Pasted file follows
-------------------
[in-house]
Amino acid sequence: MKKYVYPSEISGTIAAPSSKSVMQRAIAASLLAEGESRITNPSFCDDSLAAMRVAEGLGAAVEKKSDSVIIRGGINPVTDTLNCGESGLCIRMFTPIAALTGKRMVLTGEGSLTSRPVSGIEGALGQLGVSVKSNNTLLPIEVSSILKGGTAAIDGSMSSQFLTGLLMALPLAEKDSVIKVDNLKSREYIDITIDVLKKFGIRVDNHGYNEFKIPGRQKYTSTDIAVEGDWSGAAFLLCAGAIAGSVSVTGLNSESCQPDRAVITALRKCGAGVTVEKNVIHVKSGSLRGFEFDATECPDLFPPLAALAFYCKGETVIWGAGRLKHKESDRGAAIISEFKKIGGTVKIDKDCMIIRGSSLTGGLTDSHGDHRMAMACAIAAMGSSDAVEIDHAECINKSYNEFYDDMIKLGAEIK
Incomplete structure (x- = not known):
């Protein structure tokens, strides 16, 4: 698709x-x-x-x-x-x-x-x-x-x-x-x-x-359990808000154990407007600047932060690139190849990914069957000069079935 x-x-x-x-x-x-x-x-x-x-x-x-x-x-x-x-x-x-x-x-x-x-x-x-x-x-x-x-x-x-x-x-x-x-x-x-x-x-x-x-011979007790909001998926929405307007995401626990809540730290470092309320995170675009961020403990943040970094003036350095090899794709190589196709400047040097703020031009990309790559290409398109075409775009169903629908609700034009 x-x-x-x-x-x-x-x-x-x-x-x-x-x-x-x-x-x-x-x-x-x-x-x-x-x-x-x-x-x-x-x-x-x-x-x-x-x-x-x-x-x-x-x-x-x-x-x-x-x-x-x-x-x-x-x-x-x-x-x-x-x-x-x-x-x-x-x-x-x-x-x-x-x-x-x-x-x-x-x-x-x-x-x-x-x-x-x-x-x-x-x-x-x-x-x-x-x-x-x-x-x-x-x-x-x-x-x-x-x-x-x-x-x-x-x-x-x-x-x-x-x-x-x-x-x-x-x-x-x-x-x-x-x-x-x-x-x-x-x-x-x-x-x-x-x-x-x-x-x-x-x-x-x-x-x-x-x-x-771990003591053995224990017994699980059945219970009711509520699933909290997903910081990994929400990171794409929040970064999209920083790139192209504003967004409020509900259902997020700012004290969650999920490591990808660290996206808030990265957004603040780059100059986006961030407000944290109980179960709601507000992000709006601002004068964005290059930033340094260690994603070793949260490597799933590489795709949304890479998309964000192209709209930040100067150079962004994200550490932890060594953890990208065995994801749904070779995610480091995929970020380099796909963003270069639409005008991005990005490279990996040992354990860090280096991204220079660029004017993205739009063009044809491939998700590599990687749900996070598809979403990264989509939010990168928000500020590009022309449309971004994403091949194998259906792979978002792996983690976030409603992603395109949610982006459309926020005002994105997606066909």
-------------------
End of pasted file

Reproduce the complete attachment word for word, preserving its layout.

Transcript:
[in-house]
Amino acid sequence: MKKYVYPSEISGTIAAPSSKSVMQRAIAASLLAEGESRITNPSFCDDSLAAMRVAEGLGAAVEKKSDSVIIRGGINPVTDTLNCGESGLCIRMFTPIAALTGKRMVLTGEGSLTSRPVSGIEGALGQLGVSVKSNNTLLPIEVSSILKGGTAAIDGSMSSQFLTGLLMALPLAEKDSVIKVDNLKSREYIDITIDVLKKFGIRVDNHGYNEFKIPGRQKYTSTDIAVEGDWSGAAFLLCAGAIAGSVSVTGLNSESCQPDRAVITALRKCGAGVTVEKNVIHVKSGSLRGFEFDATECPDLFPPLAALAFYCKGETVIWGAGRLKHKESDRGAAIISEFKKIGGTVKIDKDCMIIRGSSLTGGLTDSHGDHRMAMACAIAAMGSSDAVEIDHAECINKSYNEFYDDMIKLGAEIK
Incomplete structure (x- = not known):
């Protein structure tokens, strides 16, 4: 698709x-x-x-x-x-x-x-x-x-x-x-x-x-359990808000154990407007600047932060690139190849990914069957000069079935 x-x-x-x-x-x-x-x-x-x-x-x-x-x-x-x-x-x-x-x-x-x-x-x-x-x-x-x-x-x-x-x-x-x-x-x-x-x-x-x-011979007790909001998926929405307007995401626990809540730290470092309320995170675009961020403990943040970094003036350095090899794709190589196709400047040097703020031009990309790559290409398109075409775009169903629908609700034009 x-x-x-x-x-x-x-x-x-x-x-x-x-x-x-x-x-x-x-x-x-x-x-x-x-x-x-x-x-x-x-x-x-x-x-x-x-x-x-x-x-x-x-x-x-x-x-x-x-x-x-x-x-x-x-x-x-x-x-x-x-x-x-x-x-x-x-x-x-x-x-x-x-x-x-x-x-x-x-x-x-x-x-x-x-x-x-x-x-x-x-x-x-x-x-x-x-x-x-x-x-x-x-x-x-x-x-x-x-x-x-x-x-x-x-x-x-x-x-x-x-x-x-x-x-x-x-x-x-x-x-x-x-x-x-x-x-x-x-x-x-x-x-x-x-x-x-x-x-x-x-x-x-x-x-x-x-x-x-771990003591053995224990017994699980059945219970009711509520699933909290997903910081990994929400990171794409929040970064999209920083790139192209504003967004409020509900259902997020700012004290969650999920490591990808660290996206808030990265957004603040780059100059986006961030407000944290109980179960709601507000992000709006601002004068964005290059930033340094260690994603070793949260490597799933590489795709949304890479998309964000192209709209930040100067150079962004994200550490932890060594953890990208065995994801749904070779995610480091995929970020380099796909963003270069639409005008991005990005490279990996040992354990860090280096991204220079660029004017993205739009063009044809491939998700590599990687749900996070598809979403990264989509939010990168928000500020590009022309449309971004994403091949194998259906792979978002792996983690976030409603992603395109949610982006459309926020005002994105997606066909």